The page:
Comprises: (1) Personalia relating to his time at Bradford Grammar School, 1929-1933, including school essays and examination certificates, and correspondence concerning the honours he later received, notably, FBA 1972, CBE 1974, and honorary degrees; (2) Material relating to his Oxford days, 1933-1939, including ca. 40 PPE notebooks and a copy of his D.Phil. thesis; (3) Drafts of, and correspondence relating to, various research articles on economics; (4) Papers relating to advice given to government throughout his life, including service on various committees, such as the University Grants Committee; (5) Papers relating to his teaching and administration at Leeds University; (6) Books by others, chiefly on economics.
Correspondence and papers of Professor Arthur Brown
Scope and Content
Administrative / Biographical History
Arthur Joseph Brown was born on 8 August 1914 in Cheshire, but educated at Bradford Grammar School and, as Hastings Scholar, at Queen's College Oxford, where he graduated in 1936 with first class honours in PPE. In 1937 he became a Fellow of All Souls and also a Lecturer at Hertford College until 1939, when he took his D.Phil. He spent the Second World War in Government service, first in the Foreign Research and Press Service and then in the Research Department of the Foreign Office. Between 1945 and 1947 he was in the Economic Section of the Cabinet Office working on the implications of German re-armament and on the creation of the Government Statistical Service. In 1947 he was appointed to the Professorship of Economics at Leeds University, a post he held until his retirement in 1979. Between 1975 and 1977 he was Pro-Vice-Chancellor, and, after retirement, an honorary lecturer until 1988. Throughout his time at Leeds he continued with part-time Government service. He was involved with the de-colonization of Africa in the early 1960's as a member of the East Africa Economic and Fiscal Commission, and later as a member of the Secretary of State's Advisory Group on Central Africa. His extensive experience of the economics of wartime led to him being a UK appointee to the UN Consultative group on the Economic and Social Consequences of Disarmament in 1961-1962. He was a member of the Hunt Committee on Intermediate Areas in 1967-1969 and of the University Grants Committee between 1969 and 1978. He was President of Section F of the British Association for the Advancement of Science in 1958, was elected a Fellow of the British Academy in 1972, and was awarded a CBE in 1974 and honorary doctorates by four universities. He was on the Council of the Royal Economic Society 1950-1968 and 1974, and was its President 1976-1978. He also served the second Wilson government between 1966 and 1970. As an applied economist he did significant work in international trade theory, monetary theory, inflation, and regional economics. He wrote seven books and numerous journal articles, in addition to over 50 articles on the economics of warfare during his time in government service. His 1948 book Applied economics, aspects of the World economy in war and peace was a standard text for many years. His other major work was The Great Inflation, 1956. He died on 28 February 2003.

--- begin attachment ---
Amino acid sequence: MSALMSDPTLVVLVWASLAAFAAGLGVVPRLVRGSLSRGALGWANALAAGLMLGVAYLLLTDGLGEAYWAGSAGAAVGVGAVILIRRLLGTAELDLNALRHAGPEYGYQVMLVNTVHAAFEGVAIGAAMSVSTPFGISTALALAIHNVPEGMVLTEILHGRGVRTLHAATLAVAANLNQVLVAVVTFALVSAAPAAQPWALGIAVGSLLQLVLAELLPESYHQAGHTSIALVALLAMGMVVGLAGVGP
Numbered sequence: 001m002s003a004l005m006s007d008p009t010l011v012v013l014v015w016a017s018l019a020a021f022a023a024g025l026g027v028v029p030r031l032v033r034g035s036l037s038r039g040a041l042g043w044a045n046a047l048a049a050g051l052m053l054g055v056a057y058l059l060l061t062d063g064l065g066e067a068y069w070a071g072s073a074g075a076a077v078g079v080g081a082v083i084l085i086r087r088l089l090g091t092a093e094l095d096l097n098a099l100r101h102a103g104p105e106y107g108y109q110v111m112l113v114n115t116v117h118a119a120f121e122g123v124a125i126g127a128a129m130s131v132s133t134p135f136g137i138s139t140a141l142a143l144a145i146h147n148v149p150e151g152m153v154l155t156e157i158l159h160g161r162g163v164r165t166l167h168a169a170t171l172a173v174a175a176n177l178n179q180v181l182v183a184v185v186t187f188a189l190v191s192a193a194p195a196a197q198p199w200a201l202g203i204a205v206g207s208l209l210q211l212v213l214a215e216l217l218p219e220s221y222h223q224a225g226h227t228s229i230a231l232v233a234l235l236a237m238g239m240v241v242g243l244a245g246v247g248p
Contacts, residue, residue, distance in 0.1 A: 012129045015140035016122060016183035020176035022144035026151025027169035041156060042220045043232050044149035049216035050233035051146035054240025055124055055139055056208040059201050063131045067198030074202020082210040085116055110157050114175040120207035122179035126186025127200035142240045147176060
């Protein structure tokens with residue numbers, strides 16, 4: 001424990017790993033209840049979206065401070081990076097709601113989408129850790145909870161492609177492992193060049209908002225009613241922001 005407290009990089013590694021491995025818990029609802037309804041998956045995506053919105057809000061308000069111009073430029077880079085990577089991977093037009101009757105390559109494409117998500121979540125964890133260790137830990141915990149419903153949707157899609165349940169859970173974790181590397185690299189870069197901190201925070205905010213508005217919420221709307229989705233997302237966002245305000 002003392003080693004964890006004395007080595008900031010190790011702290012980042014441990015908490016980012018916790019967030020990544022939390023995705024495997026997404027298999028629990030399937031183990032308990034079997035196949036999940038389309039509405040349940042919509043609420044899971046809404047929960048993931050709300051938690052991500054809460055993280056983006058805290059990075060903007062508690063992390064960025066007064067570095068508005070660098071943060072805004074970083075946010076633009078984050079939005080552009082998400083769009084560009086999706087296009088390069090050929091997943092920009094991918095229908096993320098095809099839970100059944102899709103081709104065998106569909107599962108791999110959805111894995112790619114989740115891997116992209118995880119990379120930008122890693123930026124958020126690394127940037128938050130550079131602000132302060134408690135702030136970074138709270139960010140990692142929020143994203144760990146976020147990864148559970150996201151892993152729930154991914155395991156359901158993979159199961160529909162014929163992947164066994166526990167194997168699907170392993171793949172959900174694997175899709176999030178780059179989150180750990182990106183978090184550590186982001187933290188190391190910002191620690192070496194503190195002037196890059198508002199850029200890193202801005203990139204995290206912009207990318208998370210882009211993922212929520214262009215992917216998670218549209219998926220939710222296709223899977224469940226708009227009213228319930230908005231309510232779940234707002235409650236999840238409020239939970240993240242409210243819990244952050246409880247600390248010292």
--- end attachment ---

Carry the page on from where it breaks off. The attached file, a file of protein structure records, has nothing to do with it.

The archive remains unlisted.
Access is unrestricted.
The gift of Professor Brown's family, 4 April 2003.
Mostly in English, but with a little French and Latin